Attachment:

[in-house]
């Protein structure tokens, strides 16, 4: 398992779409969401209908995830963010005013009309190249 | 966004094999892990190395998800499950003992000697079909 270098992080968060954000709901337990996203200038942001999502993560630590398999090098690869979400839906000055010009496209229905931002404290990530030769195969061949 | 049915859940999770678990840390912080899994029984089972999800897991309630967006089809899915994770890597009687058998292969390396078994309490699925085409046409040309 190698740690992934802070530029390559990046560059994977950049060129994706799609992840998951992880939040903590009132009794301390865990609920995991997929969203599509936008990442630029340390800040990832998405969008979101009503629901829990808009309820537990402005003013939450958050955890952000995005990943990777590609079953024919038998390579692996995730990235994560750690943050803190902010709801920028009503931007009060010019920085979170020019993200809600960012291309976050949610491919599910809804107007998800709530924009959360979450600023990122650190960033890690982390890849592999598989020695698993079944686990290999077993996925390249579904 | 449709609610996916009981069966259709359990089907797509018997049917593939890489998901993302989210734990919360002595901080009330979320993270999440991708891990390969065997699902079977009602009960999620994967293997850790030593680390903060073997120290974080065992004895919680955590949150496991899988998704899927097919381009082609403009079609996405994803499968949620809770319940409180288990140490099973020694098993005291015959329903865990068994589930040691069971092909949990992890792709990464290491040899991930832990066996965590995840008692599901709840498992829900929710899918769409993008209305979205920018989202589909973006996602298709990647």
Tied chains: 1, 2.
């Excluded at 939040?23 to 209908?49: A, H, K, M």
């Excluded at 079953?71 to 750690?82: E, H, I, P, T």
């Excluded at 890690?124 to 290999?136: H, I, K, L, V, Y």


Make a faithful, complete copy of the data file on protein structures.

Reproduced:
[in-house]
């Protein structure tokens, strides 16, 4: 398992779409969401209908995830963010005013009309190249 | 966004094999892990190395998800499950003992000697079909 270098992080968060954000709901337990996203200038942001999502993560630590398999090098690869979400839906000055010009496209229905931002404290990530030769195969061949 | 049915859940999770678990840390912080899994029984089972999800897991309630967006089809899915994770890597009687058998292969390396078994309490699925085409046409040309 190698740690992934802070530029390559990046560059994977950049060129994706799609992840998951992880939040903590009132009794301390865990609920995991997929969203599509936008990442630029340390800040990832998405969008979101009503629901829990808009309820537990402005003013939450958050955890952000995005990943990777590609079953024919038998390579692996995730990235994560750690943050803190902010709801920028009503931007009060010019920085979170020019993200809600960012291309976050949610491919599910809804107007998800709530924009959360979450600023990122650190960033890690982390890849592999598989020695698993079944686990290999077993996925390249579904 | 449709609610996916009981069966259709359990089907797509018997049917593939890489998901993302989210734990919360002595901080009330979320993270999440991708891990390969065997699902079977009602009960999620994967293997850790030593680390903060073997120290974080065992004895919680955590949150496991899988998704899927097919381009082609403009079609996405994803499968949620809770319940409180288990140490099973020694098993005291015959329903865990068994589930040691069971092909949990992890792709990464290491040899991930832990066996965590995840008692599901709840498992829900929710899918769409993008209305979205920018989202589909973006996602298709990647």
Tied chains: 1, 2.
């Excluded at 939040?23 to 209908?49: A, H, K, M």
């Excluded at 079953?71 to 750690?82: E, H, I, P, T």
């Excluded at 890690?124 to 290999?136: H, I, K, L, V, Y």